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Broken Home

An Adventurer's Experience

The adventurer strode boldly along the grey and dusty path, weary from his latest escapade, although he did not show it.

He was walking for ten minutes or more, when he came across a set of old stone steps. They were wide, with what clearly used to be a magnificent marble balustrade, but were now cracked and crumbling.

As the adventurers’ eyes travelled upward, they widened as they reached the top of the staircase, for there, standing sentinel against the dull gloomy night, was a dark and ominous mansion.

He could not ignore the strange feeling of uncertainty he felt with every beat of his thudding heart, yet he could not look away.

The mansion was extremely large, with branches of browned ivy snaking up the side of the cracked dilapidated walls.

The once white window frames rotted and peeled, the large ornate front door hanging off its hinges, the brass knocker askew.

Tiles were hanging from the roof, most of the ones that remained were broken, battered from years of isolation and decay.

There were dark trees, with spindly branches reaching toward the front of the mansion. They looked like long black fingers luring in their prey.

Despite his misgivings, the adventurer slowly walked up the staircase, breathing in deeply, as if to prepare himself for the unknown horror that may await him.

He did not want to be afraid, for he was a brave adventurer, there was no feat that scared him. He had proved this many times in the past, yet his heart seemed to be beating in his chest, his breath ragged, the adrenaline pumping through his body.

As he neared the front door, he paused for a moment.

He could not escape the feeling that this was not a good idea.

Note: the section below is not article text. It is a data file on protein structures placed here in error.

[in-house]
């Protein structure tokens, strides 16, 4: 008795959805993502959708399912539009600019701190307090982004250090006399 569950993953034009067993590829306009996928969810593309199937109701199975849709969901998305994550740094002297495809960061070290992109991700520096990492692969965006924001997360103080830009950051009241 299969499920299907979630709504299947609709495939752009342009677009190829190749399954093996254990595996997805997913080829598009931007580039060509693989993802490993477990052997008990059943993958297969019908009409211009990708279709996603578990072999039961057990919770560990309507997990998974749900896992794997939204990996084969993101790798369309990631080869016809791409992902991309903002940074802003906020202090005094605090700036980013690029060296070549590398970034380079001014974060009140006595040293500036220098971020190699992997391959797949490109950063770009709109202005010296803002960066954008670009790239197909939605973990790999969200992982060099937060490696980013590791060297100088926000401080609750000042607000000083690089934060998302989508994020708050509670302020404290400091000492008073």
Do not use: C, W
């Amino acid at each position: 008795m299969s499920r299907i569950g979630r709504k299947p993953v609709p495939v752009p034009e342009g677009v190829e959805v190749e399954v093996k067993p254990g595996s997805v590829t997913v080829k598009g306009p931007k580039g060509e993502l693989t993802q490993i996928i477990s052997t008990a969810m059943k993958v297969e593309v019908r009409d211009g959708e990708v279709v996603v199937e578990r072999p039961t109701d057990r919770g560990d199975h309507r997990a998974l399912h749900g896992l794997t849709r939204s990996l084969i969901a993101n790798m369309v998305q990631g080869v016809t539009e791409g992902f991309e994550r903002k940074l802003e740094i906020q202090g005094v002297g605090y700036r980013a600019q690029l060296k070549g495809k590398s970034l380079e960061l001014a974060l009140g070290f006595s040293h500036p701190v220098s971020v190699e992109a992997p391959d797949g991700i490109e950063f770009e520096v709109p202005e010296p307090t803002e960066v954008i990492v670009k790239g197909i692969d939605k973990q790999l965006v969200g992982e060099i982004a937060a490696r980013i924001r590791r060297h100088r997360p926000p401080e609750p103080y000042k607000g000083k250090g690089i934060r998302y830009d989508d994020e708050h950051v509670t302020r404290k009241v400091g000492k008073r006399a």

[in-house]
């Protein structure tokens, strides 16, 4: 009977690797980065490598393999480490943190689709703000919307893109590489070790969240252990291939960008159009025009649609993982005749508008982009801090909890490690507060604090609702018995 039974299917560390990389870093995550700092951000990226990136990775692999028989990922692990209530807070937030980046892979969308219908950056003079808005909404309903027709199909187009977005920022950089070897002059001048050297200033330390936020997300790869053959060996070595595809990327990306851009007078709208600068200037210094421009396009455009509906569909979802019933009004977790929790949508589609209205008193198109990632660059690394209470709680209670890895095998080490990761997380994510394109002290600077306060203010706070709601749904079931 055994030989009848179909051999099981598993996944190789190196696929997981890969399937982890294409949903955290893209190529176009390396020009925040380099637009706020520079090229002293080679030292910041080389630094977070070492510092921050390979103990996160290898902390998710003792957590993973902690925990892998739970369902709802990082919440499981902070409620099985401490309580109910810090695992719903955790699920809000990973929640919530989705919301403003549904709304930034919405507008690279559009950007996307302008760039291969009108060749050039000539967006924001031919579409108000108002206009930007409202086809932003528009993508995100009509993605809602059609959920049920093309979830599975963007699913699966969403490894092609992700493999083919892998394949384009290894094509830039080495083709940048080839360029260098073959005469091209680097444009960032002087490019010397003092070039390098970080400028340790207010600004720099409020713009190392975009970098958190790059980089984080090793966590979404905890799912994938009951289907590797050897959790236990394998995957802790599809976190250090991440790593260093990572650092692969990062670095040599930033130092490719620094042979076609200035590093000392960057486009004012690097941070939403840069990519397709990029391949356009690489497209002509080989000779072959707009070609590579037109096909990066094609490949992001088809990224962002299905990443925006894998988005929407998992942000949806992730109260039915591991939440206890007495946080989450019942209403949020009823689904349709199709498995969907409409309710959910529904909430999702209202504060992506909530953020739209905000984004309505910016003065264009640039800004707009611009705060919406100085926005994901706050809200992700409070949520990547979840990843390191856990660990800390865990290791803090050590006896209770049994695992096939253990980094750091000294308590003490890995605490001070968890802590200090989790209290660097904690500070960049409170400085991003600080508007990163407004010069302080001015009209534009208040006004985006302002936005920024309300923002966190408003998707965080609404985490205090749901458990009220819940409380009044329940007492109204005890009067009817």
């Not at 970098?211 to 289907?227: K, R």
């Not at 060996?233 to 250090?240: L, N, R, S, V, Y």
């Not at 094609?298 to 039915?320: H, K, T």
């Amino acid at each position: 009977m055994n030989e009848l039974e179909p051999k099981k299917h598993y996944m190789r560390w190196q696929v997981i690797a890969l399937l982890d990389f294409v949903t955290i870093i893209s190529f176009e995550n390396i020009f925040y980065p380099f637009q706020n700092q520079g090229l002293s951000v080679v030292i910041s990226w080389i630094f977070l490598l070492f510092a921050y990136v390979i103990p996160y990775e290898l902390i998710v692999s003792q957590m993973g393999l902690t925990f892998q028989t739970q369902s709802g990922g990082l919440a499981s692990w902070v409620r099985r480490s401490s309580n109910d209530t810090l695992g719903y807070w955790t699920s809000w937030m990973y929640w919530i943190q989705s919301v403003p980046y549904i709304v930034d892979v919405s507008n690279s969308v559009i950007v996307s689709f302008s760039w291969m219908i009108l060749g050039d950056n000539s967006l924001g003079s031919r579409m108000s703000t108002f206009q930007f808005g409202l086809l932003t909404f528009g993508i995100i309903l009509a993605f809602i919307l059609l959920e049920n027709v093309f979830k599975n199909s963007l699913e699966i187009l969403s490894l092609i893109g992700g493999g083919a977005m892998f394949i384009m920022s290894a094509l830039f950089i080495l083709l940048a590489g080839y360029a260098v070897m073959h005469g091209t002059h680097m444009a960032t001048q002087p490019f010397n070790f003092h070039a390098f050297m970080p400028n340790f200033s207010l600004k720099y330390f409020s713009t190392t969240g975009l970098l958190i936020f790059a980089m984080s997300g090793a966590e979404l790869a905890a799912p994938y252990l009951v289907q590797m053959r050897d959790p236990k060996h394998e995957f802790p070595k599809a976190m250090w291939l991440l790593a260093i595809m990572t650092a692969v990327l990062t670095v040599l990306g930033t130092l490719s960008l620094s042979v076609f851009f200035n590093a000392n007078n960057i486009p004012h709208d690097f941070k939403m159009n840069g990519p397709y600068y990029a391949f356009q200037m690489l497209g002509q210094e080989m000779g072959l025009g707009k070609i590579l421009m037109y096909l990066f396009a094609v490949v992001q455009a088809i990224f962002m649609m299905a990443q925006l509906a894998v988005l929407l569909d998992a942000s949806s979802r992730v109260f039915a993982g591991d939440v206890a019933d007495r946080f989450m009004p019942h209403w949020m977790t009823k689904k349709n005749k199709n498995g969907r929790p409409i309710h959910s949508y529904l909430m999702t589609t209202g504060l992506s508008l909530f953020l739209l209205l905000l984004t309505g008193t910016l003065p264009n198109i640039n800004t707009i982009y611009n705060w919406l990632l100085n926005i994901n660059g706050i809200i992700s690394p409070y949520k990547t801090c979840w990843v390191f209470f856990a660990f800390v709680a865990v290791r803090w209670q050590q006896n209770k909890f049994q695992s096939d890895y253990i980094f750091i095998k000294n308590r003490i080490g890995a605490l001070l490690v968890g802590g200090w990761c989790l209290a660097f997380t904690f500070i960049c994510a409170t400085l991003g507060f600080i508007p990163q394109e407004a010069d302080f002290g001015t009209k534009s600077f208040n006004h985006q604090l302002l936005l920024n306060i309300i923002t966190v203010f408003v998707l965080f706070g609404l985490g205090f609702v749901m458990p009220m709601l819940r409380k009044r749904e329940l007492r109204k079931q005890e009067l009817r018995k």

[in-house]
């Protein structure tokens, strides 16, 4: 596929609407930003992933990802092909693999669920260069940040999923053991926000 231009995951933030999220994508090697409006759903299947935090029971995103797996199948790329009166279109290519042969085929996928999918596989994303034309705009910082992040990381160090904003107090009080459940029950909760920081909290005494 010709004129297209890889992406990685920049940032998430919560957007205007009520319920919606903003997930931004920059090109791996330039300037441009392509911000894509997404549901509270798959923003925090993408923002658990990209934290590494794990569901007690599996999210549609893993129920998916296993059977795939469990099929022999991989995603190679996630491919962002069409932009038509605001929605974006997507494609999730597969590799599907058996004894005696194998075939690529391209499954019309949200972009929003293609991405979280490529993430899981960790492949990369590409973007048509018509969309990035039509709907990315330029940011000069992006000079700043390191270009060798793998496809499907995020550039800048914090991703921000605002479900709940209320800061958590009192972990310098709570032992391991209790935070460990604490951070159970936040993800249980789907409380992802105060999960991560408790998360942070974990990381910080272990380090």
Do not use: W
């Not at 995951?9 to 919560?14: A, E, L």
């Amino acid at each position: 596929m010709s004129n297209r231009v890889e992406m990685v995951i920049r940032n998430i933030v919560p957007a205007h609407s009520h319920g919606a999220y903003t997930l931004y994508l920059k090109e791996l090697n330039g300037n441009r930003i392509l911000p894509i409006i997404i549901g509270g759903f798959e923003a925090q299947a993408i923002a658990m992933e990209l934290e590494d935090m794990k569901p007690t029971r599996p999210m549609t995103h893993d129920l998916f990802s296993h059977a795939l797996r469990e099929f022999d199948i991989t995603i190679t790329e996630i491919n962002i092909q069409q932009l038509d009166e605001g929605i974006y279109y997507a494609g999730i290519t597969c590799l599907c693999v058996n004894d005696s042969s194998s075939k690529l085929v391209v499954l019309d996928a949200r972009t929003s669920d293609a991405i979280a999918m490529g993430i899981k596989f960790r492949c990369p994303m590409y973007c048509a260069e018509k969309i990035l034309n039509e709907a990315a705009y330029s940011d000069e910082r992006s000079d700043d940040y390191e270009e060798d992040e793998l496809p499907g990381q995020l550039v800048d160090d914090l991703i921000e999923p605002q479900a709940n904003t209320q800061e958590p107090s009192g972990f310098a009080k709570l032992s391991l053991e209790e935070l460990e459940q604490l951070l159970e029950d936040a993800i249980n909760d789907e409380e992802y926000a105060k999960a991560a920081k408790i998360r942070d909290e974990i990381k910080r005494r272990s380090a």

Still, he felt like he needed to prove the point to himself that he was no coward.

He took a deep breath, and walked in through the old front door.

The lingering, musty smell of rot hanging in the air filled his nostrils as he edged into the sitting room.

As his eyes adjusted to the darkness, he could see the silhouettes of the furniture that remained.

He was starting to make out the various items in the room.

A large, broken grandfather clock, its hands still, stuck on twelve o’clock.

An old-fashioned chaise longue, covered in a moth-eaten throw, discoloured with age and mould.

A battered old armchair, with rips and tears in the old dusty upholstery.

As he made his way through the large room, he began to wonder who must have lived here, how long they had been gone, and why they had left, seemingly without taking any of their belongings.

He walked cautiously up the grand staircase, which was covered in cobwebs, and thick with an untouched layer of dust that had clearly been there for a very long time.

The adventurer reached the top of the staircase, and made his way to the first room he came across.

It was smaller than the sitting room had been, but there was something almost unnatural about this room.

He could see a large, four poster bed, with a pale pink eiderdown spread across, the pillows in disarray.

There was a faded white dressing table, its wood peeling like the skin of a tangerine, the stool knocked over, and a great wispy cobweb stretching from the cushion cover to the cracked mirror that lay atop the table.

The ancient chest of drawers lay on its side in the middle of the room, which the adventurer found a little strange, but he decided not to move it.

Realisation hit him as he noticed a few other objects in the room and his heart felt like it had dropped into his big black boots. There were teddy bears and dolls strewn about the floor, with gaping rips in them and covered in moss. This, he thought, used to be a child’s room.

As he looked around more, his eyes confirmed his suspicions, as he noticed more objects scattered about, including mouldy clothes and broken toys.

This had been a family home once upon a time, and now everything was still and silent.

The adventurer felt the overwhelming urge to leave, for he knew that something had driven this family out of their home.

He started to back out of the room when he felt something icy cold against the back of his neck. It felt like….no, it couldn’t be, could it? It felt like…. breath?

As fast as lightning, he turned around….

As the farmer trudged home along the grey and dusty road, he kept his eyes to the ground, as he knew he would be passing that awful mansion soon.

They said it was haunted, but nobody was brave enough to enter to find out.

As he hastened his step, out of the corner of his eye, he noticed footprints on the dirty marble staircase.

He stopped in shock.

He looked up at the macabre mansion with wide eyes.

That’s when he heard it. The sound that stayed with him for the rest of his life.

An agonising, gut wrenching scream.

THE END

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